After 65 minutes of action, the score was still, 2-2, but the Golden Knights led in shots on goal, 33-27 (3-1 in OT).
The Bruins finished the night leading in blocked shots (20-18) and face-off win% (52-48), while Vegas led in giveaways (12-9) and hits (38-24).
Vegas went 0/2 on the power play, while Boston went 0/3 on the skater advantage Wednesday night.
Gallant elected to have his team shoot first in the ensuing shootout, sending Brandon Pirri to the net against Halak with the first shot.
Halak made the save.
DeBrusk kicked things off in the shootout for Boston with a soft handed shot elevated just enough to ring the crossbar on its way into the net behind Fleury, giving the Bruins the lead in the shootout, 1-0, after one round.
Alex Tuch and Marchand were both denied in the third round. The same went for Marchessault and Heinen in the fourth round.
Gallant and Cassidy sent out their defenders in the fifth round, with Theodore getting a chance (denied) and Krug getting a shot off on Fleury (easy save).
In the sixth round, Gallant sent out Lindberg’s skilled hands, but Halak kept the paddle down to block his five-hole and make the save.
Finally, Backes emerged from the Bruins bench and made his way towards the net with the puck casually on his stick.
He unloaded a wrist shot up high on Fleury and scored the game-winning shootout goal, notching the, 3-2, victory for Boston in the sixth round of the shootout.
Boston’s point streak was extended to 12 games as the B’s improved to 2-2 in shootouts this season. Vegas fell to 2-2 in shootouts and lost on home ice for the first time to the Bruins in Golden Knights franchise history.
The Bruins improved to 24-4-5 when scoring first this season and improved to 15-10-5 on the road. They have not lost a game in regulation since Jan. 19th.
Boston travels to St. Louis to wrap up their five-game road trip on Saturday against the Blues. Coyle is expected to make his Bruins debut with the team on the road before his homecoming debut at TD Garden next Tuesday (Feb. 26th) against the team that originally drafted him, the San Jose Sharks.
The B’s close out the month of February with a home matchup with the Tampa Bay Lightning next Thursday (Feb. 28th).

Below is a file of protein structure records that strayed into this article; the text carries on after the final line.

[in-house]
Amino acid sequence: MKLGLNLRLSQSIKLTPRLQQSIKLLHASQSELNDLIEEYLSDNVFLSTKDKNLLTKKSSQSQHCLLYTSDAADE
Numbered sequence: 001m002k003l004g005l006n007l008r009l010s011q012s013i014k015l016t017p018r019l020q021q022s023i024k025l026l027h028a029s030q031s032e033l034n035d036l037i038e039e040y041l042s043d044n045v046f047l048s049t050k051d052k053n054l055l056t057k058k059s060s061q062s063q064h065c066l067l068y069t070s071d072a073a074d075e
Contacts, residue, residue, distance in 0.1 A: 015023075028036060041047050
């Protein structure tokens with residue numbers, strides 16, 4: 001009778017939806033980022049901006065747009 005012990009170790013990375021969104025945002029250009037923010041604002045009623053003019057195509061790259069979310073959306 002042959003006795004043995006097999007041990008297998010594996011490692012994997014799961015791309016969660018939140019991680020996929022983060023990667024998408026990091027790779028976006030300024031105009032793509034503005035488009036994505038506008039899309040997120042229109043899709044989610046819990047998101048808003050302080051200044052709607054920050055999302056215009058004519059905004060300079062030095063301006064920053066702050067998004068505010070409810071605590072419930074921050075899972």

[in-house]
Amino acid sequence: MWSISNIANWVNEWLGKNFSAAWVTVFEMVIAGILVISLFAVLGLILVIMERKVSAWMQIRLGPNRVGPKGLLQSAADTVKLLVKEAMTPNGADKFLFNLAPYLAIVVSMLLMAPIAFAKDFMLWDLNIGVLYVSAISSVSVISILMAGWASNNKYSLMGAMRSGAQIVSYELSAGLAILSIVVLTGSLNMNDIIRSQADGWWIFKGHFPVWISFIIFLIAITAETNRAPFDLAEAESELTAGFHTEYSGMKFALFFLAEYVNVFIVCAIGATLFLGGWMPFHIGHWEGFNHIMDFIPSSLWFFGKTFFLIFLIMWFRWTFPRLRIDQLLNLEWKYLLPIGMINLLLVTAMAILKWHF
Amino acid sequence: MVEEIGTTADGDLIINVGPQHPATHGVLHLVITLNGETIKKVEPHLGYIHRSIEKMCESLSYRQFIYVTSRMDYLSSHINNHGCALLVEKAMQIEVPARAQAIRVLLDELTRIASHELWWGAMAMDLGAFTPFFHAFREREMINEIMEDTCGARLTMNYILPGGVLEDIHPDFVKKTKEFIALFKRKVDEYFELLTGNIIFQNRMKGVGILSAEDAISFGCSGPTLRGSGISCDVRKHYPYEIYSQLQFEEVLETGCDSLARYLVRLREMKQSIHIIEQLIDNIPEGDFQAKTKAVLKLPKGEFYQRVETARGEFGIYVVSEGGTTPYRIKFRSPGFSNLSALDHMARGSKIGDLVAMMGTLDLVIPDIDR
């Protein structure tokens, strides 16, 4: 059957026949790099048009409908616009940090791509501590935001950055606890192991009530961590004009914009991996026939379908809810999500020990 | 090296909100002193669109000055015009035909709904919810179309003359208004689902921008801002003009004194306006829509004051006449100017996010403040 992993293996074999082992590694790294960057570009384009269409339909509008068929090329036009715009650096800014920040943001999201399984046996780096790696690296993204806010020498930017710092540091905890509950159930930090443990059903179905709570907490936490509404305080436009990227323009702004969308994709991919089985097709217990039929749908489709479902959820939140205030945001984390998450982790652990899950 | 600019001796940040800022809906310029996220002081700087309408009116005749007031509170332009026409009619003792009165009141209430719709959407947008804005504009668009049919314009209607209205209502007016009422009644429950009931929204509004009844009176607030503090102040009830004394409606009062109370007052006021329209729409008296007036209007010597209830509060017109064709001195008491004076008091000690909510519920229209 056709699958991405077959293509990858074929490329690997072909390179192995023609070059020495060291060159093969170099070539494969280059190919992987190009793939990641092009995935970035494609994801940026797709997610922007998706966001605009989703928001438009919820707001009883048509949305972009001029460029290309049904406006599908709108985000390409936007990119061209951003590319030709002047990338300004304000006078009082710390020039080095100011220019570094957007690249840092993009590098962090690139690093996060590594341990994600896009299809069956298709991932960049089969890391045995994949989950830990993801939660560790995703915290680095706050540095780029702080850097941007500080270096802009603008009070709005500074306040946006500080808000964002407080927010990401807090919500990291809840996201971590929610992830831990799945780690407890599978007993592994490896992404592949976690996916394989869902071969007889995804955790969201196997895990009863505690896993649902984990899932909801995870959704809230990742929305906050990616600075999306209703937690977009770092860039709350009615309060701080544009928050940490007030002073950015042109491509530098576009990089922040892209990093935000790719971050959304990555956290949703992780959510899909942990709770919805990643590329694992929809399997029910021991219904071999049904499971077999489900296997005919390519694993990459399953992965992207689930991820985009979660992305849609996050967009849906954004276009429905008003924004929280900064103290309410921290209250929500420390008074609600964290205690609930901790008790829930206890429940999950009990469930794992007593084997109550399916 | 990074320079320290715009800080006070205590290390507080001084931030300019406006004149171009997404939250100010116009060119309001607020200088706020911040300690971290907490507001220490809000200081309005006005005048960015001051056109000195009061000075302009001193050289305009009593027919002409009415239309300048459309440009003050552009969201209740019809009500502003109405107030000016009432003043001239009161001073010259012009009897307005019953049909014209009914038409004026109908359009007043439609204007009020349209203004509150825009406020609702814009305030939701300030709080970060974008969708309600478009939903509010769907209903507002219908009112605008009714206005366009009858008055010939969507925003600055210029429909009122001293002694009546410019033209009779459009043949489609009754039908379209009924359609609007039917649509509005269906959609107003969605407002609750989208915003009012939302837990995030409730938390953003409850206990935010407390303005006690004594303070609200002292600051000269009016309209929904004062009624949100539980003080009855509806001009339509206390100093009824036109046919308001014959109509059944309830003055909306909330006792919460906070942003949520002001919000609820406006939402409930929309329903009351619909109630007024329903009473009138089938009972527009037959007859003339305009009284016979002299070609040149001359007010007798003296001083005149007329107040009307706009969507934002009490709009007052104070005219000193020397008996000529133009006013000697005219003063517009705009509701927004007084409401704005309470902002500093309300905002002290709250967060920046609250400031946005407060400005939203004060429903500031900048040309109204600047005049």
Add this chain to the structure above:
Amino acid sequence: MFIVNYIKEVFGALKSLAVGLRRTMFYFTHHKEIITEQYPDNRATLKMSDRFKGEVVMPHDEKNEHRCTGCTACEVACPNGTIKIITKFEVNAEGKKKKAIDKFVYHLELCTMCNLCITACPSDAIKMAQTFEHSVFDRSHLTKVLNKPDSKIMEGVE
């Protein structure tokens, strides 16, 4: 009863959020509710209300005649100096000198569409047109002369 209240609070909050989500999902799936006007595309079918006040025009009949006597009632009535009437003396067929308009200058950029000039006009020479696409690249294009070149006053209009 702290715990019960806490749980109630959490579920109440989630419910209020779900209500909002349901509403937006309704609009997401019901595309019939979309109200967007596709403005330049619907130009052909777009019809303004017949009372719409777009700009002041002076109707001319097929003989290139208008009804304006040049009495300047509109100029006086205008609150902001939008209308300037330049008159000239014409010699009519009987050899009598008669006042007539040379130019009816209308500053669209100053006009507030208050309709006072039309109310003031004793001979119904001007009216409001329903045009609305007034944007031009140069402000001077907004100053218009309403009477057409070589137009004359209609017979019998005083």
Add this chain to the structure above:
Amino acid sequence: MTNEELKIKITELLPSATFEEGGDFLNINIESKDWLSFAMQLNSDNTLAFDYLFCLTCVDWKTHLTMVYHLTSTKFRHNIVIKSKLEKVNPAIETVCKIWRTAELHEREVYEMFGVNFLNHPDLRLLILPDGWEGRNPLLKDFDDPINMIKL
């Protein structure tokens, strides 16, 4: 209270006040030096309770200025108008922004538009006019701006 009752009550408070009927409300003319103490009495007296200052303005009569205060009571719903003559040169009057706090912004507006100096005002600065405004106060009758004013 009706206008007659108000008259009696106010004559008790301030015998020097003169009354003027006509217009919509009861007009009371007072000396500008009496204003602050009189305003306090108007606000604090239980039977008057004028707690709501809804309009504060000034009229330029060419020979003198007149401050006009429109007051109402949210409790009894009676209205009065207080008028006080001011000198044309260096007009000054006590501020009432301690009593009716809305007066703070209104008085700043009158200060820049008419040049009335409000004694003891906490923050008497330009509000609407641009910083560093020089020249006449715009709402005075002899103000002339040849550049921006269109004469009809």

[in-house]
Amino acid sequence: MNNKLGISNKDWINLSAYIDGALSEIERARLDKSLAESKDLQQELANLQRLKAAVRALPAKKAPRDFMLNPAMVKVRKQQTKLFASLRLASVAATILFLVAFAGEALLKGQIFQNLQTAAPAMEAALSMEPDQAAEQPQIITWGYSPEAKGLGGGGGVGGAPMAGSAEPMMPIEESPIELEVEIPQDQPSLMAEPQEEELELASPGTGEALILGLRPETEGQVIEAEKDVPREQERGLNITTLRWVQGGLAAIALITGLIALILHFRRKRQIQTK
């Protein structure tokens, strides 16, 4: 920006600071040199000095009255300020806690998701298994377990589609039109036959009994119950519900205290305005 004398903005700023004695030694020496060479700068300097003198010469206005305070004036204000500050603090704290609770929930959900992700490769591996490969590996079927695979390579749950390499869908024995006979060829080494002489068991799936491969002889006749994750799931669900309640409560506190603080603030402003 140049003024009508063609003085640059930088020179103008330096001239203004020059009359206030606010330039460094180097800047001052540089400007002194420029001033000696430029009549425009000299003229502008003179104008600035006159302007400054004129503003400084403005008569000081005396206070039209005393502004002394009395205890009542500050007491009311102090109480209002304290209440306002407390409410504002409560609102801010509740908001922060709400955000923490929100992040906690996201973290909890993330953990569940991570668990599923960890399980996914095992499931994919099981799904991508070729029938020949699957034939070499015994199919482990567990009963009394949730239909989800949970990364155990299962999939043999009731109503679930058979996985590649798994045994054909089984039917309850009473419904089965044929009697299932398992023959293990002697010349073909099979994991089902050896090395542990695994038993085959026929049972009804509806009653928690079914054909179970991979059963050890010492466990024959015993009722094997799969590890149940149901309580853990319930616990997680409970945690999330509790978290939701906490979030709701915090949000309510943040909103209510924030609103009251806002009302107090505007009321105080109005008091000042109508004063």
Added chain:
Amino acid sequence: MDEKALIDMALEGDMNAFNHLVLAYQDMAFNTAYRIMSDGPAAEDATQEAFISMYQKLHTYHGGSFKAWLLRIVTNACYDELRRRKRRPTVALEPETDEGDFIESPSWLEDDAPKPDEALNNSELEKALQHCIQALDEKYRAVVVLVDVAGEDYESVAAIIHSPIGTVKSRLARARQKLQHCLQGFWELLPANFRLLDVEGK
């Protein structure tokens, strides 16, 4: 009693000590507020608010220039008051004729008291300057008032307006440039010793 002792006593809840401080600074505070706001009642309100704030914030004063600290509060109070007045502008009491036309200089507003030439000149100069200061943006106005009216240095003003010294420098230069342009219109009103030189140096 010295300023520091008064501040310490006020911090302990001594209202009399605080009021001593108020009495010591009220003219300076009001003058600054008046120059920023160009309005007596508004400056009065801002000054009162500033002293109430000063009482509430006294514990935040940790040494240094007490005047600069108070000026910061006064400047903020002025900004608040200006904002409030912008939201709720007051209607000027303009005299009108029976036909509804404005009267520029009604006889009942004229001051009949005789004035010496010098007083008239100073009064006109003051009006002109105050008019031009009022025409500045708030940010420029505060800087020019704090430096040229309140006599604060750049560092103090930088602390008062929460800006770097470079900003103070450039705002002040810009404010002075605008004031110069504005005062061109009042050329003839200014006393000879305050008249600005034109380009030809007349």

It’s not the most recent forecast, since the Vegas Golden Knights played Game 41 of their 2018-19 regular season on Saturday against the Los Angeles Kings.
Nevertheless, it’s time to take a quick check of the pulse of the Golden Knights– how their season has progressed so far and where it appears to be going from here.
Thanks to some extenuating circumstances, perhaps Vegas fans will forgive me for not being able to get around to their quick forecasted glance after 20 games played this season.
Why? Because it would’ve been pretty dismal and you don’t need that kind of negativity in your life.
Although, now at the halfway mark (officially after the game against the Kings, technically unofficially as of this forecast), things have improved, but with a few concerns remaining.
Nate Schmidt served his 20 game suspension for a performance enhancing drug and for the most part, Vegas’ blue line got the job done.
The team’s record wasn’t desirable, but guys like Shea Theodore and Colin Miller continued to rise past expectations in their ability– even more so now that Schmidt is back and solidified the defensive zone for the Golden Knights.
One thing that has plagued the team all season is subpar goaltending.
Managing playing time in the crease is something to keep in mind and we’ll take a closer look in a minute.
For now, Vegas stands in a divisional spot in the playoffs in the Pacific. Not nearly as dominant as last season, but keeping up with the legitimate(?) playoff contenders in an otherwise weaker division compared to the rest of the league.